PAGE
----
One of Britain’s new breed of young designers – Luke Edward Hall (whose quirky, colorful, illustrative style is an Instagram fav @lukeedwardhall) – is a big fan of layering, particularly when it’s something old like a Persian rug, mixed alongside a newer rug. Hall told The Financial Times in 2019 that he’s drawn to “layers and layers of colour, texture and pattern“ in a room design. Hall believes “layered, more textured” interiors reflect your personality, “so the more layers there are, the more interesting”. Or as we say when we interpret his thoughts, “the more the rugs, the merrier!”
Get the Layered Rug Look: Create a horizontal gallery “wall”
The trend for gallery walls – the crowded but curated wall collection of framed art – is on the way out according to House Beautiful who noticed in 2019 that fewer gallery walls are uploaded to Instagram. Designer Katie Hodges told House Beautiful that gallery walls “tend to look cluttered.” While gallery walls may be on the way out, we recommend you borrow the concept and create a “gallery wall” on your floor with a collage of rugs. The upside of a “gallery floor” is the infinite possible arrangements which unlike a gallery wall can be shifted and switched up with relative ease.
The idea behind a floor-based “gallery wall” is the same as the wall: the objective is to create a harmonious look with multiple “images” or rugs in this case. Don’t worry about patterns or sizes but do try and collect rugs with similar or compatible colors which will allow different scales of patterns and types to merge together in a friendly group. Remember Banks-Pye and don’t be afraid of too many rugs, in the same way that gallery walls always look better with loads of images in different shapes and sizes.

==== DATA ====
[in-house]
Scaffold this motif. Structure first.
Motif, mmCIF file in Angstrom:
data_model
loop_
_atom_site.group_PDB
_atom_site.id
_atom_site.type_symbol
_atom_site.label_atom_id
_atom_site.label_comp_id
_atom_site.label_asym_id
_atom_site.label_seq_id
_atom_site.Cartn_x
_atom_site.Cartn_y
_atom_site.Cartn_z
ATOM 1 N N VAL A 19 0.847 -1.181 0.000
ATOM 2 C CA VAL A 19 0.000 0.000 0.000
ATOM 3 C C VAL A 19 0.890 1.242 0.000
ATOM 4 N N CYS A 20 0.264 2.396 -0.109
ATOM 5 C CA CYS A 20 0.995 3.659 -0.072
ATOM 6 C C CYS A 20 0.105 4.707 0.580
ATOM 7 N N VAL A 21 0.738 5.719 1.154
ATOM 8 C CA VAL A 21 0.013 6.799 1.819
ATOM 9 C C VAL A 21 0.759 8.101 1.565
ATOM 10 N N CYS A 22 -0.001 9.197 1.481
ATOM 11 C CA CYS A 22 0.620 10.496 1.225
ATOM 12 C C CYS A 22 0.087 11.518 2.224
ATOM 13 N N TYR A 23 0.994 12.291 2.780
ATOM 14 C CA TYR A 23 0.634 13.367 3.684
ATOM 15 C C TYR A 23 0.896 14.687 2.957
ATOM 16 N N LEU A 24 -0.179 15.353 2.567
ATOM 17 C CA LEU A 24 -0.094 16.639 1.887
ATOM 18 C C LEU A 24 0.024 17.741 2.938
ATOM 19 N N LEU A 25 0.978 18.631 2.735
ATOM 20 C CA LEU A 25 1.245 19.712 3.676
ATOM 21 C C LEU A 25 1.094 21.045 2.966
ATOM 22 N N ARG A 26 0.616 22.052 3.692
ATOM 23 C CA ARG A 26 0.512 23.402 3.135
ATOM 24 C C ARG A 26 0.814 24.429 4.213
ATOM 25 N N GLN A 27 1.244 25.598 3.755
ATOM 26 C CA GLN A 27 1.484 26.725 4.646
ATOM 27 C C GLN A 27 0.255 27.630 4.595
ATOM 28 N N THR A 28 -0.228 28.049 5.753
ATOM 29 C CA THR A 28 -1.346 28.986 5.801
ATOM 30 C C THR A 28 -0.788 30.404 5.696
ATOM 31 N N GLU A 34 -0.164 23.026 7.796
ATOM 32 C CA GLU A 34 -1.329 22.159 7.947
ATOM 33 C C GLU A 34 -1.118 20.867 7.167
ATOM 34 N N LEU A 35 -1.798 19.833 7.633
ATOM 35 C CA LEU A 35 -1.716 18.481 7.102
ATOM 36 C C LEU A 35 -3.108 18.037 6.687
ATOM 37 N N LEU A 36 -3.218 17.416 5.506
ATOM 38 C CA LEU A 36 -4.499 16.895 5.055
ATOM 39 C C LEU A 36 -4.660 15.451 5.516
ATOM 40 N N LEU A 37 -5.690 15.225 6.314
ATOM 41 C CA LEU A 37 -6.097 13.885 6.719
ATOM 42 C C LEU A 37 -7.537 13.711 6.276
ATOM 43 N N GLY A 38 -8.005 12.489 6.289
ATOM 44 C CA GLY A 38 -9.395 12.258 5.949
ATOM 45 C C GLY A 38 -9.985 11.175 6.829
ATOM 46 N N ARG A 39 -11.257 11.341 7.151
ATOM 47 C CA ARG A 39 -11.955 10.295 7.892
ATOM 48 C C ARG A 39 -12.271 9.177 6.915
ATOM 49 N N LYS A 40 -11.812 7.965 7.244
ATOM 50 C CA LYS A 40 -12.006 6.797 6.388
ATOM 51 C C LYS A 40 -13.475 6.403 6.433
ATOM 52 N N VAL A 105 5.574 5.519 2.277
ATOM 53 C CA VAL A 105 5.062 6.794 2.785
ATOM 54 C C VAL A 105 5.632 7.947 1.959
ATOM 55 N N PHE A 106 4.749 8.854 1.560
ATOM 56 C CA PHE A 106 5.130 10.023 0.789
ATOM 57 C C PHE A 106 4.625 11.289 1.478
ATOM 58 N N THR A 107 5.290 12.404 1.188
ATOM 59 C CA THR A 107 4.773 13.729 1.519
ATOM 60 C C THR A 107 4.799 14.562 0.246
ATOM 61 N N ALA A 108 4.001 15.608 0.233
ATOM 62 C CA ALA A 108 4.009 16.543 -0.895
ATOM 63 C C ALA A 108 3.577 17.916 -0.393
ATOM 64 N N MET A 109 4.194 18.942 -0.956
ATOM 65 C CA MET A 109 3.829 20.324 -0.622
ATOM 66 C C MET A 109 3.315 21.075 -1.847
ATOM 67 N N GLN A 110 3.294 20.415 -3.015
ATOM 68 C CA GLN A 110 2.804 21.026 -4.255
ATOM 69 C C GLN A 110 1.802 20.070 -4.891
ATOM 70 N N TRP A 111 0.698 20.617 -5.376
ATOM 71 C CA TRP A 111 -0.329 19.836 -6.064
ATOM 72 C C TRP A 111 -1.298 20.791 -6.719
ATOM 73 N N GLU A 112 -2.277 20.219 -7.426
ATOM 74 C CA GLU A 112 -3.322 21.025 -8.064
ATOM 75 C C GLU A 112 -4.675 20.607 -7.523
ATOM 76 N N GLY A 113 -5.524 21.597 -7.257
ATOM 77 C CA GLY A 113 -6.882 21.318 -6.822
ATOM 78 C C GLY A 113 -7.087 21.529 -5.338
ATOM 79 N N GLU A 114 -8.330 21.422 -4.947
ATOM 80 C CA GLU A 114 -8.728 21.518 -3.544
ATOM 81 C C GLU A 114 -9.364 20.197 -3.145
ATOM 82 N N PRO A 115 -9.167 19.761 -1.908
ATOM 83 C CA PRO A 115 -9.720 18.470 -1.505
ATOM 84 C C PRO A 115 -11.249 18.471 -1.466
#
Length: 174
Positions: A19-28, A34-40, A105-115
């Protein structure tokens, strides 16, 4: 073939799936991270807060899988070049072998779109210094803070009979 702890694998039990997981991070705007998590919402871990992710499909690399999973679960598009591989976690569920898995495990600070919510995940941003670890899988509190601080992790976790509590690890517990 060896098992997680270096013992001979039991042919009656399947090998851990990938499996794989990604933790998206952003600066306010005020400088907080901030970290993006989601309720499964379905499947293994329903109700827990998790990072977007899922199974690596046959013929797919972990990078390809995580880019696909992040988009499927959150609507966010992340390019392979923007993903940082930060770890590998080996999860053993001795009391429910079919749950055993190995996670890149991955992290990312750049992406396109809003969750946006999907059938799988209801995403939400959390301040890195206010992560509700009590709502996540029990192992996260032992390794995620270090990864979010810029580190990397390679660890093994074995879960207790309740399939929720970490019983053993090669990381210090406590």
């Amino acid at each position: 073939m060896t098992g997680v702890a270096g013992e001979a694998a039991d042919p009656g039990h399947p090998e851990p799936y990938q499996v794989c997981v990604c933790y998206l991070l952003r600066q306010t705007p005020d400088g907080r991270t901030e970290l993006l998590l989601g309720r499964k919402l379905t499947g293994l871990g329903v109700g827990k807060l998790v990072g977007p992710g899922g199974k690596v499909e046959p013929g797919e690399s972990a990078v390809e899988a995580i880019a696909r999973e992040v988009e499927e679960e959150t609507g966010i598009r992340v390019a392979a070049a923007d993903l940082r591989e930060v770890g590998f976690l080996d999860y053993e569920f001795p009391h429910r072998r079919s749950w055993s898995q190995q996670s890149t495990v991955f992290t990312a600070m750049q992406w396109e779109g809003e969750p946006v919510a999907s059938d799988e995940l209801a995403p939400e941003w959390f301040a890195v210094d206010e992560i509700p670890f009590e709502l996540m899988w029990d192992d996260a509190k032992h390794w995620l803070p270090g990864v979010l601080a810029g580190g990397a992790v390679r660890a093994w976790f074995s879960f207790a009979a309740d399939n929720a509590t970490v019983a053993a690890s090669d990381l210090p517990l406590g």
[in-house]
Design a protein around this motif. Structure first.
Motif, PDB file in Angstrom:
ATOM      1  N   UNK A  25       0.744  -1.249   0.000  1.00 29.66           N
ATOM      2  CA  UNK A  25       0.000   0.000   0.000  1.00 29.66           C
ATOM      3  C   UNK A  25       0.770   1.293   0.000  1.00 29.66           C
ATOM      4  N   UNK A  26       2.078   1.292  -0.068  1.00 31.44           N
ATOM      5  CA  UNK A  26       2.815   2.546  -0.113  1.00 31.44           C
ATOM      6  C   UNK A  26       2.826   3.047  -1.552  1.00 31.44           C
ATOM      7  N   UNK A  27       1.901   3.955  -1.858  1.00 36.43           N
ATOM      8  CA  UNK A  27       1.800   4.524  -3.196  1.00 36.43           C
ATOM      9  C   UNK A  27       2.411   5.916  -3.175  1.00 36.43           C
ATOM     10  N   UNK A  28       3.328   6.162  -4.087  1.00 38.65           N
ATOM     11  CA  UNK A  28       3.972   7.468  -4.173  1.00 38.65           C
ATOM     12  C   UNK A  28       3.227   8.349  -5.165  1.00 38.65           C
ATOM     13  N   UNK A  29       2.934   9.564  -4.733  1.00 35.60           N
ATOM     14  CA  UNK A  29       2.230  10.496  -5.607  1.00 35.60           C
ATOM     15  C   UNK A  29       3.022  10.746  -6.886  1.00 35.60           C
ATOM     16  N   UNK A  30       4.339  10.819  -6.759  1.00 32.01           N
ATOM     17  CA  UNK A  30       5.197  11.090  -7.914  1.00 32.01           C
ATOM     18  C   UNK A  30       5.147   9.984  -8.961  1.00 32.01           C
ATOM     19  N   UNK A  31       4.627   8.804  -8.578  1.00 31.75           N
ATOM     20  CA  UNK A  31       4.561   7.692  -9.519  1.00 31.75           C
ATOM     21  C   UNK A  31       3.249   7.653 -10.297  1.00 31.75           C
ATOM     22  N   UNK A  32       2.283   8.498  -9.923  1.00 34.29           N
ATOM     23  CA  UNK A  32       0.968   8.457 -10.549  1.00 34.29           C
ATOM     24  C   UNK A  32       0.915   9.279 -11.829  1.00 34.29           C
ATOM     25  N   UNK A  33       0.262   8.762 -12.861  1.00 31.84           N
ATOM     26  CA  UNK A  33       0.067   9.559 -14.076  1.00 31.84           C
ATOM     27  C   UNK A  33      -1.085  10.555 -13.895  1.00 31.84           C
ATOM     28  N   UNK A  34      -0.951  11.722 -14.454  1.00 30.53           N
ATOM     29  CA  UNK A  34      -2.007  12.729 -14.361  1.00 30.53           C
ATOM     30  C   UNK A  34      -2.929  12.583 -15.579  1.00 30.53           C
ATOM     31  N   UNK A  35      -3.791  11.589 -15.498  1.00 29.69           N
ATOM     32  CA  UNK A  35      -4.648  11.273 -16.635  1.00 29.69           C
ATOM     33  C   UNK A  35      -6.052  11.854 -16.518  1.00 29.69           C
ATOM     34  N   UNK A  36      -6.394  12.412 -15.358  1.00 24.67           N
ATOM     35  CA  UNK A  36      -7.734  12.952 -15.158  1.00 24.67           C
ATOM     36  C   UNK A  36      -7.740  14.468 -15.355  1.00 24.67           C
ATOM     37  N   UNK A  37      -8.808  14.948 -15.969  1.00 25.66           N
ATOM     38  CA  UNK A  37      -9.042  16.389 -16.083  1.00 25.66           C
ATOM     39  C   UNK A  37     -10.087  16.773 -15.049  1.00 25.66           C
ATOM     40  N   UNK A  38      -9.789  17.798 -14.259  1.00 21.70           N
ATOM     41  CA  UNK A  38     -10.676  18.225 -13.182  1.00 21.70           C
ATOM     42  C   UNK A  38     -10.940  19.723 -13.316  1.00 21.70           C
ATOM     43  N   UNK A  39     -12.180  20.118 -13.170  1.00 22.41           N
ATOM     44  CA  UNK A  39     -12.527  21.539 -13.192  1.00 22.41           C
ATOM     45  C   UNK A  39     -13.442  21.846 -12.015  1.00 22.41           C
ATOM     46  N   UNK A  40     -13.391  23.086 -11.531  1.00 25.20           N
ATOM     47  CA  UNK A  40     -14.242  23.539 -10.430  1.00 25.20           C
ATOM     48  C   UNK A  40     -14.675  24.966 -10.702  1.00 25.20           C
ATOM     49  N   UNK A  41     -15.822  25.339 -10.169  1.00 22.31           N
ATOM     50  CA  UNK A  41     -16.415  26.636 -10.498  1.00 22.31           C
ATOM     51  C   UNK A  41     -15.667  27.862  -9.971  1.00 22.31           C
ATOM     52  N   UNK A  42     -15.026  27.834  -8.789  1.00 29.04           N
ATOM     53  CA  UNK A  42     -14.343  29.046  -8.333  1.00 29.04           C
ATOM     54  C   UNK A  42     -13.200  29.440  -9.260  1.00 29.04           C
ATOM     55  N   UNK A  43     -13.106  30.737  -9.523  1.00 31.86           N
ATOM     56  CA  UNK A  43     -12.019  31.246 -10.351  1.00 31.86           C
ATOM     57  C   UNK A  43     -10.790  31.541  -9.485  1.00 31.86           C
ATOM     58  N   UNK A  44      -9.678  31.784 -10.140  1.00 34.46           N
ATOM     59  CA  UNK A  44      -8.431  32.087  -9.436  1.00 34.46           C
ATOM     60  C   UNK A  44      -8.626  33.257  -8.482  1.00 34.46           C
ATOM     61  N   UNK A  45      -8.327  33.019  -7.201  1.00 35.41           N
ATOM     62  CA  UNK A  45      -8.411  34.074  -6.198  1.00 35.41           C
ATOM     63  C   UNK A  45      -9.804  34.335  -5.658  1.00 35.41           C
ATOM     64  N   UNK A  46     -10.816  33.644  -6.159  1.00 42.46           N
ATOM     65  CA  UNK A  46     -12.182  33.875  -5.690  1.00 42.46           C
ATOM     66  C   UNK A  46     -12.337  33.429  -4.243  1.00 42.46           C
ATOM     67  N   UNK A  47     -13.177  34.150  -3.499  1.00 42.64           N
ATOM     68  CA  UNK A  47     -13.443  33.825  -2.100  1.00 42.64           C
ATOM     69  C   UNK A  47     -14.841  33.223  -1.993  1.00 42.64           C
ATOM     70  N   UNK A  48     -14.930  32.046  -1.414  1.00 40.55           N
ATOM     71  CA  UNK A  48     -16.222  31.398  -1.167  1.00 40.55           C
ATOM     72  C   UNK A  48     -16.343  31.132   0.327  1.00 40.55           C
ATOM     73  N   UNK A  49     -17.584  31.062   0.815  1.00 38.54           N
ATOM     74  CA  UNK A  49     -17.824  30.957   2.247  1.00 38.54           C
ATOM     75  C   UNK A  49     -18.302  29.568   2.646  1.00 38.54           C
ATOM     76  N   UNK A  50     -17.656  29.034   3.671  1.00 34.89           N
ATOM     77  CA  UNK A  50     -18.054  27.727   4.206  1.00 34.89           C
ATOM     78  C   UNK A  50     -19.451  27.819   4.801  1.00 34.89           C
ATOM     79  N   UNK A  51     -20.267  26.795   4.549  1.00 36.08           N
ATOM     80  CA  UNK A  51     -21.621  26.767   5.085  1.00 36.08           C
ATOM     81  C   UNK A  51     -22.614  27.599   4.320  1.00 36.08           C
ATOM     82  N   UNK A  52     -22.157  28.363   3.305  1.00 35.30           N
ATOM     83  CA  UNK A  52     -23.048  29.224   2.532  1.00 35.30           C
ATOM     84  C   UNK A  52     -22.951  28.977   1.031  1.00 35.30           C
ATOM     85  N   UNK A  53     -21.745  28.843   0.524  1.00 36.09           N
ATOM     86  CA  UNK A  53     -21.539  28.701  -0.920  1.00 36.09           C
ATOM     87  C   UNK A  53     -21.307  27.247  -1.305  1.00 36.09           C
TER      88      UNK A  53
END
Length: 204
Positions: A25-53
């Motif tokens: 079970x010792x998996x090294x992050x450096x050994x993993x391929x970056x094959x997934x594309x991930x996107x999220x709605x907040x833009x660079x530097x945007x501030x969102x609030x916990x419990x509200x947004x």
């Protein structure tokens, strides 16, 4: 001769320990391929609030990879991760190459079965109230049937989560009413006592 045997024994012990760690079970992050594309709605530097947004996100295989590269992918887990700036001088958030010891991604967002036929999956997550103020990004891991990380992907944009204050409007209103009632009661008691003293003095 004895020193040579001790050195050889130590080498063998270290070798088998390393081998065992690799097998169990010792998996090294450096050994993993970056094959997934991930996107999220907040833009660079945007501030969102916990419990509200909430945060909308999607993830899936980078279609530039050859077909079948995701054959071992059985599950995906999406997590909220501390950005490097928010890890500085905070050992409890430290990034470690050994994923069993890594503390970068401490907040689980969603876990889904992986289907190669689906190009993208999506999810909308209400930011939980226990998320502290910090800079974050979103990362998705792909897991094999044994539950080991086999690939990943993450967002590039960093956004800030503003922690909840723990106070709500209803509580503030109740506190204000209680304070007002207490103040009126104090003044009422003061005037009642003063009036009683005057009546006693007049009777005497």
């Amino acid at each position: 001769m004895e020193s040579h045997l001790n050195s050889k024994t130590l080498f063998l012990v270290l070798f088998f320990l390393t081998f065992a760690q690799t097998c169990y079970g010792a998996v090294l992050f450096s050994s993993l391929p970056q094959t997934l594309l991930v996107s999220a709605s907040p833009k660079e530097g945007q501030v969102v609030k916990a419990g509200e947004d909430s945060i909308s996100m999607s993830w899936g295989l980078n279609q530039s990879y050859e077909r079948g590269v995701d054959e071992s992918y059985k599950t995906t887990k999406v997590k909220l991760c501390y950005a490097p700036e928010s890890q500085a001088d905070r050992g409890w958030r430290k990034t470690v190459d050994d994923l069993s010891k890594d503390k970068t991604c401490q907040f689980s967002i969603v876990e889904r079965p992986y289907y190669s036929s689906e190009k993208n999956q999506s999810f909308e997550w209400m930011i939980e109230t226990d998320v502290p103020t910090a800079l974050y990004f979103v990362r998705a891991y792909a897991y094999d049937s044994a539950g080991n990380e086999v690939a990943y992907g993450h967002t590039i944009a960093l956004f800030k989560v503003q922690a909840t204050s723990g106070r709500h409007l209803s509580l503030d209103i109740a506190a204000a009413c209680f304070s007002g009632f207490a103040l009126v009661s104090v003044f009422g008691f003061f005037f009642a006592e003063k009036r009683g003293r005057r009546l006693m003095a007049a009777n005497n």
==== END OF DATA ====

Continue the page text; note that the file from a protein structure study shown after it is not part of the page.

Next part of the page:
Our Five Top Tips for Layering Rugs
- Choose your style. Do you favour the Banks-Pye look of many layered rugs, or the lighter, slightly less eclectic look of a few statement rugs layered together – a look more in tune with designers like Luke Edward Hall and Katie Hodges. Her advice for wall art – a limit of two or three larger scale pieces – can be translated for rugs layered on the floor. Our images show both – a mix of Persian rugs in a living room is a more Banks-Pye look, while and a tailored look of three rugs in descending size stacked in a living room is more attune with Hodges’ advice.
- Be bold. Layer new and old and different price points. Remember Banks-Pye dared to layer cheap cotton rag rugs on top of an antique Persian rug. He made it work by balancing the colors to create a cohesive field.
- Define your space/ Are you layering rugs to divide a huge space into separate areas, are you layering to create a hygge statement of warmth, coziness and texture, or are you layering to highlight your floor-based “gallery wall”? Once you know what type of space you’re creating the types of rugs you need will be easier to select.
- It’s worth repeating: to pull off the layered look, stick to a limited color palette. While some will recommend patterns in the same scale, we side with Banks-Pye and say that differing scales are a plus point and will automatically balance each other if the palettes are compatible.
- Our last tip isn’t exciting but it is necessary, non-skid rug pads are a vital element to keep your rugs neatly in place and to protect people and pets from skidding rugs!